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Hannah Arendt Center presents

Lecture by Arendt Center Fellow, Grace Hunt

Tuesday, April 16, 2013

Because of truth and reconciliation commissions characteristic of transitional justice, forgiveness has emerged as a political and legal aspiration.  In cases where crimes against humanity threaten to extinguish human plurality and dignity, over and over political and social leaders are advocating forgiveness over legal justice. Seen as a willingness to continually participate in an imperfect world with civility, those willing to forgive demonstrate the ability to begin again despite the social facts of moral injury and misrecognition. Forgiving victims who are able to respond creatively rather than vindictively are said to escape the vicious cycle of violence and exemplify their moral agency.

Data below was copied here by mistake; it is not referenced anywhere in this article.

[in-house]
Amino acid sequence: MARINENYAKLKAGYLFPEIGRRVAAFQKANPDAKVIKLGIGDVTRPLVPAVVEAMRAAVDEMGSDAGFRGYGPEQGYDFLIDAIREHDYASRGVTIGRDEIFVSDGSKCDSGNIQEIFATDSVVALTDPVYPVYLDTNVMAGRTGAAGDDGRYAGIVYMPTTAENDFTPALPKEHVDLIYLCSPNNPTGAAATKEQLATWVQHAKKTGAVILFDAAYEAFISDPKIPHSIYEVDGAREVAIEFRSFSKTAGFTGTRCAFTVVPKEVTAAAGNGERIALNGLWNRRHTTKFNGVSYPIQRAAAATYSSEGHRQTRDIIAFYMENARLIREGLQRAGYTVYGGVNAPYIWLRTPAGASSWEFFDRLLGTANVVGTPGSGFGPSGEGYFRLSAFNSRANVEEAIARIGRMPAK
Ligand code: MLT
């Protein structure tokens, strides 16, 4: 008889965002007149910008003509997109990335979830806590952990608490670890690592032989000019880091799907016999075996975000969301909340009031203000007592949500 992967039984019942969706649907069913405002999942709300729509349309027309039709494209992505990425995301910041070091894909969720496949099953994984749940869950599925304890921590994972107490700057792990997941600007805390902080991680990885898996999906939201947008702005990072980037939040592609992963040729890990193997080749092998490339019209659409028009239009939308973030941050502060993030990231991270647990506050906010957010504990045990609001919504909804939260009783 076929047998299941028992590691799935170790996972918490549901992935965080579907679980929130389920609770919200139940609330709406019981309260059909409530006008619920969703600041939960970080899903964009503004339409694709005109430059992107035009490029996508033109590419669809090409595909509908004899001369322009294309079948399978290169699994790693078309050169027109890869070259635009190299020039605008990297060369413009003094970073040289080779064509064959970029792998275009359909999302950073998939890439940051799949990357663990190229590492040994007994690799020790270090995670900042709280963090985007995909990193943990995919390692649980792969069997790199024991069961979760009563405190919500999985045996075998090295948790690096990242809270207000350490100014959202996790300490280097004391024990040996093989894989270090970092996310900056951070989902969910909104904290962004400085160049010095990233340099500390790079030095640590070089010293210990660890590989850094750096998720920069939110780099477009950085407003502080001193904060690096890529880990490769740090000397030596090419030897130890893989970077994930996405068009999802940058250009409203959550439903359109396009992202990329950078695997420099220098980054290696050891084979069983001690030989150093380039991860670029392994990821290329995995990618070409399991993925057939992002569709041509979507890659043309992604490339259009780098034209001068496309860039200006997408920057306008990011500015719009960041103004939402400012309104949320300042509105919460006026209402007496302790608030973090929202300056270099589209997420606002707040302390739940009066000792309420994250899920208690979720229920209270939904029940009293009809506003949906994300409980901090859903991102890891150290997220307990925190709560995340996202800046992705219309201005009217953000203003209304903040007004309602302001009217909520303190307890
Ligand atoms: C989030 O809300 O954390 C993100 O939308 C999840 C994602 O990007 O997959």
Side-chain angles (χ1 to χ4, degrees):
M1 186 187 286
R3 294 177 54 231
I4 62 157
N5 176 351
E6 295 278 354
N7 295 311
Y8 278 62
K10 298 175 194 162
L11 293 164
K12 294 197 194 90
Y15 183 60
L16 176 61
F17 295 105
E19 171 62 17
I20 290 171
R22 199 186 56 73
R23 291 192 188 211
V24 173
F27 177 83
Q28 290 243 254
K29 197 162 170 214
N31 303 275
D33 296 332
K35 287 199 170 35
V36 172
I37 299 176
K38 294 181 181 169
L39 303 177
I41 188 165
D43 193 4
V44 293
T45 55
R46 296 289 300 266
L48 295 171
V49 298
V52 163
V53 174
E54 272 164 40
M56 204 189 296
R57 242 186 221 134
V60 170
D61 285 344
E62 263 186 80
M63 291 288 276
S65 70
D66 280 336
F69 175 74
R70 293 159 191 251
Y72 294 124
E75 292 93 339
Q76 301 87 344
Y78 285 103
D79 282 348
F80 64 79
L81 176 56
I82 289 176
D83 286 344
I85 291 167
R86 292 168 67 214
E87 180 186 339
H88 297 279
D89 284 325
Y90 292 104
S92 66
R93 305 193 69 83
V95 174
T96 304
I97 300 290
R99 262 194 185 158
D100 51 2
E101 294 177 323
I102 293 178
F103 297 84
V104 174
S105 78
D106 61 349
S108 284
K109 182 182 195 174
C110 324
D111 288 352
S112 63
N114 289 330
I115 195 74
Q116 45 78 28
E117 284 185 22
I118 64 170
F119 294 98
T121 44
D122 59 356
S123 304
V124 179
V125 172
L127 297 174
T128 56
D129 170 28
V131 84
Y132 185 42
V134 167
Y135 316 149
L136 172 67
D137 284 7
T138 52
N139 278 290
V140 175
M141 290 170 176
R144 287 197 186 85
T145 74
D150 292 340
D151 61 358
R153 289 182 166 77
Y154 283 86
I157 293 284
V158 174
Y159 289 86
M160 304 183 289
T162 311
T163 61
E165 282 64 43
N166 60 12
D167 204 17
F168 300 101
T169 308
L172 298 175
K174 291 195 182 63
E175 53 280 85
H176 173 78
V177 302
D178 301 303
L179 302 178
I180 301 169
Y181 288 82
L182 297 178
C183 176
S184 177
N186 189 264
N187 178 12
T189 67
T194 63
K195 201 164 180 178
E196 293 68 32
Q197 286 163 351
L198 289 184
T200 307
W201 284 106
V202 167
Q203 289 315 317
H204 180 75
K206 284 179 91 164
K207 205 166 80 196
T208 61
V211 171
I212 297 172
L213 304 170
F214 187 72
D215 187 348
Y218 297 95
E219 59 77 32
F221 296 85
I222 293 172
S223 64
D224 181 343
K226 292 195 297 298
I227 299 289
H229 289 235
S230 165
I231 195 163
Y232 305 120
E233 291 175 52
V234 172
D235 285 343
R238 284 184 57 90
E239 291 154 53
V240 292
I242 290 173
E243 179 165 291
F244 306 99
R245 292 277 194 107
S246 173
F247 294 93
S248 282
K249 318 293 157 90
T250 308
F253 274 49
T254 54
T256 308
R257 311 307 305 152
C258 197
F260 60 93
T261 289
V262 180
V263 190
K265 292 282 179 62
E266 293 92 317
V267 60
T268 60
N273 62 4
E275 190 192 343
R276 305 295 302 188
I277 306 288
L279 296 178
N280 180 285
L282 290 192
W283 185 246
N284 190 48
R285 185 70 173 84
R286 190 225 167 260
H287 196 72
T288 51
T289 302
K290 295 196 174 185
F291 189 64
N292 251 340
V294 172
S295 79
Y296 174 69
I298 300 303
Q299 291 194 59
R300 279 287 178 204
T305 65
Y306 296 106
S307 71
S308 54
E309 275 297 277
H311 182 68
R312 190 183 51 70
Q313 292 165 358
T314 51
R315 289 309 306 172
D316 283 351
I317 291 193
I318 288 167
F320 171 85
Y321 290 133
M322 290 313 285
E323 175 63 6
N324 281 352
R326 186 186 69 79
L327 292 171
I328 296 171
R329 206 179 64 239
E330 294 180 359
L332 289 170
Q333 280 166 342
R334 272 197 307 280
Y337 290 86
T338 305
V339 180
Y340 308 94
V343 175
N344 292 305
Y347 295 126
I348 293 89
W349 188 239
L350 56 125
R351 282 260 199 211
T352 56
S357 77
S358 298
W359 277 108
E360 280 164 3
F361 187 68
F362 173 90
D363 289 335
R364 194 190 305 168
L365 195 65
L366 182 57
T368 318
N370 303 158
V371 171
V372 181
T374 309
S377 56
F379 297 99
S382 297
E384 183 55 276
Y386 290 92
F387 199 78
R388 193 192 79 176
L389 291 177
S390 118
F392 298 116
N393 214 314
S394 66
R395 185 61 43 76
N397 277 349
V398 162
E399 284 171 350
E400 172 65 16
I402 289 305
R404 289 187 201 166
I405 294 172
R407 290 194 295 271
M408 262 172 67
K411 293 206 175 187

Hunt explores this celebration of political forgiveness in order to ask two questions: First, what does forgiveness really do as a political tool? Second, is Arendt's forgiveness as presented in The Human Condition amenable to the political work forgiveness is said to do in the aftermath of atrocity? Hunt  suggests that Arendt understands forgiveness as a cure for the irreversibility of action, not of violence.


For more information, call 845-758-7878, or e-mail bhollenb@bard.edu.

Location: Arendt Center